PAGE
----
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Opinions of Monday, 12 August 2013

Columnist: Blankson, Nana Kow

Don’t Undermine Integrity Of Ghana’s Electoral System

By Nana Kow Blankson

August 12, 2013

Ghana’s electoral system is one of the most transparent you can ever imagine in any part of the world. It compares to none in Africa. Even the United States does not come close to Ghana’s electoral system. Ghana probably is the only country that involves political parties in every facet of the electoral system.

Due to the extreme pellucidity that the Electoral Commission has operated, all the political parties in Ghana even know the printing houses that the ballot papers for elections are printed. In fact, all political parties are permitted to bring their own agents who act as security men and women to the printing houses when ballot papers are being printed. What is more, the security at the printing houses is 24-hours.

Then again, when the ballot papers and the accounting sheets are being transported to the regions and to the constituencies and the polling stations, no single political party in Ghana is left out. They all have log books with the serial numbers of all the ballot sheets.

All political parties are aware of the movement of the vehicles transporting the ballot papers and their final destinations. We also have polling agents of all parties at all the various polling stations during Election Day. Each party is supposed to have one polling agent at each polling station. But even where an agent has to leave a certain polling station for some time, he/she is permitted to arrange for another agent to relieve him/her.

On Election Day in December 7 and 8, 2012, polling agents were allowed to move around and observe everything that happened. In fact, the polling agents had the power to protest if they found that there was somebody who was not authorized to vote who has gone to the polling station to vote.

When the polls closed, no political party agent was sacked. They were all there when the sealed ballot boxes were opened. They witnessed the separation of the ballots as well as the counting of the ballots. At any point in time if any agent was not satisfied with what was being done, he or she was authorized to yell.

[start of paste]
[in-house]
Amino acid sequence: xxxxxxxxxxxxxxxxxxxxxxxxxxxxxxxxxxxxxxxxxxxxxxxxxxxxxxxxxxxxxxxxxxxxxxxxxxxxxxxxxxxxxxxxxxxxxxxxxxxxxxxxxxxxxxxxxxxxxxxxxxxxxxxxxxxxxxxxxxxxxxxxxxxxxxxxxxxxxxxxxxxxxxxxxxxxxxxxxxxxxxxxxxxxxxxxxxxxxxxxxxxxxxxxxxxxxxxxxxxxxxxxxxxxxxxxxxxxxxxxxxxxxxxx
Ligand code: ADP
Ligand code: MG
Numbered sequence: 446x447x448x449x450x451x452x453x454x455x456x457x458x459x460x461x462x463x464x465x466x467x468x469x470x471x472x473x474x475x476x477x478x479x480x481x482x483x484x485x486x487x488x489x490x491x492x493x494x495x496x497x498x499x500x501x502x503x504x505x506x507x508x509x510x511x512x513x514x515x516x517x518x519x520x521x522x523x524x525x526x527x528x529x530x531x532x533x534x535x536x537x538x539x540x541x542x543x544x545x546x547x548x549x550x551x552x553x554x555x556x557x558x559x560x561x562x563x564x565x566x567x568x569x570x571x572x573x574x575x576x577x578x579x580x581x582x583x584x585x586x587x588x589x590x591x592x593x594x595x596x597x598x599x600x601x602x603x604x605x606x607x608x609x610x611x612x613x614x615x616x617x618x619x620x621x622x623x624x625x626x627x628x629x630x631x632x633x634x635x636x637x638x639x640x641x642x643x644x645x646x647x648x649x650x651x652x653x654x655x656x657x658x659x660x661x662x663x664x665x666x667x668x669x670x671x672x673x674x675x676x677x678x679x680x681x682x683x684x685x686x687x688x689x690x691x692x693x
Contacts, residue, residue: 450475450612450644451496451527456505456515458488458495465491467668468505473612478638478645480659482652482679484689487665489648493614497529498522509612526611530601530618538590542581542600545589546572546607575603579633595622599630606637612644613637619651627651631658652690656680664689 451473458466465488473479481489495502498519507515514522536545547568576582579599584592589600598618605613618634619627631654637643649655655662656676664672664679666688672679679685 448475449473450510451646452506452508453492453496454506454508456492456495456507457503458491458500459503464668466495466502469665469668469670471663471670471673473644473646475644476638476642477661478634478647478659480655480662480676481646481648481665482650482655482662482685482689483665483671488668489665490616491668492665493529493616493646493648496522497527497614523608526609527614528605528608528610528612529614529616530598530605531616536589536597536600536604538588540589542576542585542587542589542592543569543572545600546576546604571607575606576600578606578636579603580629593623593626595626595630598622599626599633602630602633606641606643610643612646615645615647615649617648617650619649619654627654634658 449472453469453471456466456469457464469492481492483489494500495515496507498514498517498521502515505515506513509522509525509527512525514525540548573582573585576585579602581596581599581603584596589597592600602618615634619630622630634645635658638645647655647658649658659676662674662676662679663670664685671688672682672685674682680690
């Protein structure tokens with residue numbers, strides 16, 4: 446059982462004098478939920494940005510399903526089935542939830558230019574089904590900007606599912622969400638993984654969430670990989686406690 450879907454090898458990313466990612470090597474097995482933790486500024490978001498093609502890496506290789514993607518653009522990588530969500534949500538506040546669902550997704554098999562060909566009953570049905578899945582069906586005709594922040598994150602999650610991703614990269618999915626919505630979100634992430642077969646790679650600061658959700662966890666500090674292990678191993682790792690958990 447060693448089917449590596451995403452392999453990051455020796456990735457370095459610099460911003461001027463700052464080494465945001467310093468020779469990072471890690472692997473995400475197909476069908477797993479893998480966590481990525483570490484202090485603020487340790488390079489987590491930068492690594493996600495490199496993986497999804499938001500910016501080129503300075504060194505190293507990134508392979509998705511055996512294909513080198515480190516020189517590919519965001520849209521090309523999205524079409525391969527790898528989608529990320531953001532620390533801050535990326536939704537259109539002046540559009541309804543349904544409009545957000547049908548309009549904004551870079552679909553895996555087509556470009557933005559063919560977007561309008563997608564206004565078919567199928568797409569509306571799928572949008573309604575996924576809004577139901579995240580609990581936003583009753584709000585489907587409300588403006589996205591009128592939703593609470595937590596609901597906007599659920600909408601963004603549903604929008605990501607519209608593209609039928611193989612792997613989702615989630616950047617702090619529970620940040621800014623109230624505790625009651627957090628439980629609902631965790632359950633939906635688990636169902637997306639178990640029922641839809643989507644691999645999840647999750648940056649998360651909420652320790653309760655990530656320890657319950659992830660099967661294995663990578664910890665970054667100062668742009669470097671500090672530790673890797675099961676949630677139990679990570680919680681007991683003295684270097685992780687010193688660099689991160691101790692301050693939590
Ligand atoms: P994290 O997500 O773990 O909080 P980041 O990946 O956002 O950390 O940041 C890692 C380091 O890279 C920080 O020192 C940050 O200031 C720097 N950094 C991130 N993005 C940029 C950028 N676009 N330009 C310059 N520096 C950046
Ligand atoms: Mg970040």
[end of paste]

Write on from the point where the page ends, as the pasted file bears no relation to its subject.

When the counting of the ballots was over, every agent ensured that the right number of votes garnered by his/her candidate was written on the pink sheet. Here again, if any agent was not satisfied with anything, he/she could raise hell.

When the accounting of the voting was finalized, every polling agent was called to come on board to sign his/her signature to signify that they witnessed to the transparent voting, counting and the declaration of a free and fair election. No single polling agent of any party was forced to append his/her signature.

And at any point in time that an agent felt that something uncanny had happened or his/her candidate has been cheated out, they had another window of opportunity to protest by refusing to append their signatures at the polling stations.

But what is even more beautiful about the country’s electoral system is that even assuming an agent feared for his/her life at the polling station, and as a result, could not register his/her protest, the laws permit such an agent to go all the way to the collation centre to yell out his/her protest.

All these have been done by the EC to make the country’s electoral system very transparent and robust. In fact, the mechanisms that the EC has make it very easy to detect and expose any irregularities, sometimes even before they occur.

In the United States, we don’t have polling agents of political parties at polling stations on Election Day. In fact, political parties don’t even take part during the printing of ballot sheets and they don’t play any role during voting, the counting of ballots and the collation and declaration of results. It’s all done by the state electoral officials.

Therefore, if Ghana gives all the parties such leverage and respect during voting on Election Day, how come only one party will come back and cry wolf after losing the presidential election, while the rest of the political parties see otherwise.

It is in this vein that, Mr Tony Lithur, counsel for President John Mahama, thinks that the Supreme Court must not entertain the desk top exercise by Nana Akufo-Addo and others which has the propensity to undermine the integrity and legitimacy of the country’s electoral system.

“We should not undermine the integrity and legitimacy of our electoral system by recourse to a desk exercise based on flimsy material unsupported (indeed contradicted) by the testimony of eyewitnesses.”

Mr Lithur stated in his oral address that, “It is submitted that failure to observe the steps laid down by our electoral laws of doing simple things like signing irregularity forms, or noting on the face of pink sheets any alleged irregularity, at the very least, cast a very heavy burden on a petitioner who alleges irregularity at those polling station to lead credible evidence of wrong doing?”

“It is this burden of proof, which lies at the heart of 1st Respondent’s defence, and, exhibiting pink sheets without more, does not discharge that burden in the face of strong denial by Respondents”, Mr Lithur added.

If Ghana has all these electoral checks and balances in place, yet Nana Akufo-Addo could not produce just one NPP supporter or sympathizer to inform the whole country that he witnessed Kwame K voting twice or Kofi Bruce who was not authorized to vote attempting to vote, why is he trying to waste everybody’s time with this desk top noise? I can conclude by saying that indeed the country’s electoral system would be seriously undermined if the Supreme Court rules in favour of Nana Akufo-Addo.

nkowblankson@yahoo.com